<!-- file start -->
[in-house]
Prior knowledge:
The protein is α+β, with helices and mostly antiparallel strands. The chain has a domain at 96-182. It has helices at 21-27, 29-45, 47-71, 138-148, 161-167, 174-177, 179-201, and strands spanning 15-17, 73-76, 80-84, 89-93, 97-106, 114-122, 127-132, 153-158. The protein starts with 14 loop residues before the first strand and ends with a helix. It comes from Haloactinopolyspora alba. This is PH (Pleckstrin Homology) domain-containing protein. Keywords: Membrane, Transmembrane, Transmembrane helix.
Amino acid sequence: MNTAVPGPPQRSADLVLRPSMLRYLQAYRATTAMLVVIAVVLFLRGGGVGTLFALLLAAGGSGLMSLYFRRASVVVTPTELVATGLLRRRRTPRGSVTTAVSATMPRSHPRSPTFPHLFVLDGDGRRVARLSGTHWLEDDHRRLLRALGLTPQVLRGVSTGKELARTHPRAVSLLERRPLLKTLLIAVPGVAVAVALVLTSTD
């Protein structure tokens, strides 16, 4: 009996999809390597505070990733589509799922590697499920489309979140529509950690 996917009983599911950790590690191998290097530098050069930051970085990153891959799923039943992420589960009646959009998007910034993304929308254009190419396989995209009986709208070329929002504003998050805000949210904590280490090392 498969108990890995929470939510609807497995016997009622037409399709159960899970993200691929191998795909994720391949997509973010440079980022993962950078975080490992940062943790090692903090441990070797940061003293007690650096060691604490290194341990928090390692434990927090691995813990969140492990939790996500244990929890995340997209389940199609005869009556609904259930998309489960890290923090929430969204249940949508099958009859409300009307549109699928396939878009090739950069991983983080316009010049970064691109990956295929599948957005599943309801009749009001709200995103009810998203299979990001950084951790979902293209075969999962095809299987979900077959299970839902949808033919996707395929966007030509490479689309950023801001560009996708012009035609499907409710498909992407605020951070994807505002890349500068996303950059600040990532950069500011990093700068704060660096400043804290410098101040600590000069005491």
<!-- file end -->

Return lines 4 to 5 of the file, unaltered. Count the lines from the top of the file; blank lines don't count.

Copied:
Amino acid sequence: MNTAVPGPPQRSADLVLRPSMLRYLQAYRATTAMLVVIAVVLFLRGGGVGTLFALLLAAGGSGLMSLYFRRASVVVTPTELVATGLLRRRRTPRGSVTTAVSATMPRSHPRSPTFPHLFVLDGDGRRVARLSGTHWLEDDHRRLLRALGLTPQVLRGVSTGKELARTHPRAVSLLERRPLLKTLLIAVPGVAVAVALVLTSTD
């Protein structure tokens, strides 16, 4: 009996999809390597505070990733589509799922590697499920489309979140529509950690 996917009983599911950790590690191998290097530098050069930051970085990153891959799923039943992420589960009646959009998007910034993304929308254009190419396989995209009986709208070329929002504003998050805000949210904590280490090392 498969108990890995929470939510609807497995016997009622037409399709159960899970993200691929191998795909994720391949997509973010440079980022993962950078975080490992940062943790090692903090441990070797940061003293007690650096060691604490290194341990928090390692434990927090691995813990969140492990939790996500244990929890995340997209389940199609005869009556609904259930998309489960890290923090929430969204249940949508099958009859409300009307549109699928396939878009090739950069991983983080316009010049970064691109990956295929599948957005599943309801009749009001709200995103009810998203299979990001950084951790979902293209075969999962095809299987979900077959299970839902949808033919996707395929966007030509490479689309950023801001560009996708012009035609499907409710498909992407605020951070994807505002890349500068996303950059600040990532950069500011990093700068704060660096400043804290410098101040600590000069005491």